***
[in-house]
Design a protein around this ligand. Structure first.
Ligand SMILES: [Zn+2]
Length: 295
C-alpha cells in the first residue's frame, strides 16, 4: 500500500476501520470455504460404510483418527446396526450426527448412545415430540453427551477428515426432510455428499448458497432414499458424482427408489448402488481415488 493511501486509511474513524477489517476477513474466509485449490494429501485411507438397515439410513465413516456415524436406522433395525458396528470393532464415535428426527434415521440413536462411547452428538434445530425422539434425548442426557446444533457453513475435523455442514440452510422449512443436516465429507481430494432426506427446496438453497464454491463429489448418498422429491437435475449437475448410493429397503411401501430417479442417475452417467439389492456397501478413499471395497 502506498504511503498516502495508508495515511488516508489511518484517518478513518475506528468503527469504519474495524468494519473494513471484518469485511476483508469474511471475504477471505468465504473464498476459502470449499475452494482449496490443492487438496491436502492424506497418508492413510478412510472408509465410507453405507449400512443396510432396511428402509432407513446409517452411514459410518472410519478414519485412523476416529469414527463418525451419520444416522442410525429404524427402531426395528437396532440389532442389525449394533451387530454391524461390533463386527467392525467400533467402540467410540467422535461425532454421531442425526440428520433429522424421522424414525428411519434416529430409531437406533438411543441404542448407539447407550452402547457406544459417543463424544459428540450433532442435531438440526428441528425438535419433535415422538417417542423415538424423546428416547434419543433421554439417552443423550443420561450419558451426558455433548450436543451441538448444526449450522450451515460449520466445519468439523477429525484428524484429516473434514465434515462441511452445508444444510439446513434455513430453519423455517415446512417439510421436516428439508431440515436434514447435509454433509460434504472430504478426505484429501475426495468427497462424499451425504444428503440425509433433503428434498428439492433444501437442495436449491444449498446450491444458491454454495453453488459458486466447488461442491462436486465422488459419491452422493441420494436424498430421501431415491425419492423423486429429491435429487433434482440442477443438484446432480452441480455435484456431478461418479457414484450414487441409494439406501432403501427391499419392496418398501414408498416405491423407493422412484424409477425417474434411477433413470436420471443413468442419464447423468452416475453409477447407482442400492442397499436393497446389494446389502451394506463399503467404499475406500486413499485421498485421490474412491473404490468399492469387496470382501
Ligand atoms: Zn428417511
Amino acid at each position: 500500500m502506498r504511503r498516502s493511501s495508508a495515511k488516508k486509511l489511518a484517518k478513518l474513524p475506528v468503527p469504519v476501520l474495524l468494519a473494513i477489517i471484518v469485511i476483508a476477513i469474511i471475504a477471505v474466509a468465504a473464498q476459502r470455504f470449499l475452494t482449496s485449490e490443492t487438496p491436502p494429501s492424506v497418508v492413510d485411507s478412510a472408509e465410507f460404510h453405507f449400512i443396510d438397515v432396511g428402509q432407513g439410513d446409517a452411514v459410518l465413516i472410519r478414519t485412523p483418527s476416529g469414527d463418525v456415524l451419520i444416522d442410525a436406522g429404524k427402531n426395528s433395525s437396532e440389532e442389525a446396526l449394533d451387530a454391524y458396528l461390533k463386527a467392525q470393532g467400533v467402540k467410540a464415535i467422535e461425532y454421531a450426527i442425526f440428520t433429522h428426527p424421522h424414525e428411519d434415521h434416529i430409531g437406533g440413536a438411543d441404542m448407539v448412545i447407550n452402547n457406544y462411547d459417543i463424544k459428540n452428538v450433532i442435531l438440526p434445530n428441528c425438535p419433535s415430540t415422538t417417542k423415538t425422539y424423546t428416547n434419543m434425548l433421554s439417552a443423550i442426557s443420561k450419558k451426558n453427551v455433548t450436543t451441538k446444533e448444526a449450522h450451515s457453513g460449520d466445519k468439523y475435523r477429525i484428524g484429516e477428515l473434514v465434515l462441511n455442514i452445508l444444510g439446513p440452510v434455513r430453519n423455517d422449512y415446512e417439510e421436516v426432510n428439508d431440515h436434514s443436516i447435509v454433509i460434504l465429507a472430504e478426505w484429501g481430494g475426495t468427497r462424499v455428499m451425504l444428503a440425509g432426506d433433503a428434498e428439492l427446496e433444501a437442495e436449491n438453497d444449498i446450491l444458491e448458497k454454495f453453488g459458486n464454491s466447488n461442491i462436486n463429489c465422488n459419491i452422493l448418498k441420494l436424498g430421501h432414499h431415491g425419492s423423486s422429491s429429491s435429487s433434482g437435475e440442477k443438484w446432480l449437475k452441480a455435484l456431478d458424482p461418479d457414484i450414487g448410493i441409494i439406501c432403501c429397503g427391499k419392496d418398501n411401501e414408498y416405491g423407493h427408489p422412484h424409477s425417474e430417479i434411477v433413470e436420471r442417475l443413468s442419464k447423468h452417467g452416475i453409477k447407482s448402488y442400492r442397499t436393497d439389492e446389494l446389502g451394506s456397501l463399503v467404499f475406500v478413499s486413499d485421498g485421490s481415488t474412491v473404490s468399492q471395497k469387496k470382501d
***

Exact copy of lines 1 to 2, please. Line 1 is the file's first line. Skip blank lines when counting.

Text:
[in-house]
Design a protein around this ligand. Structure first.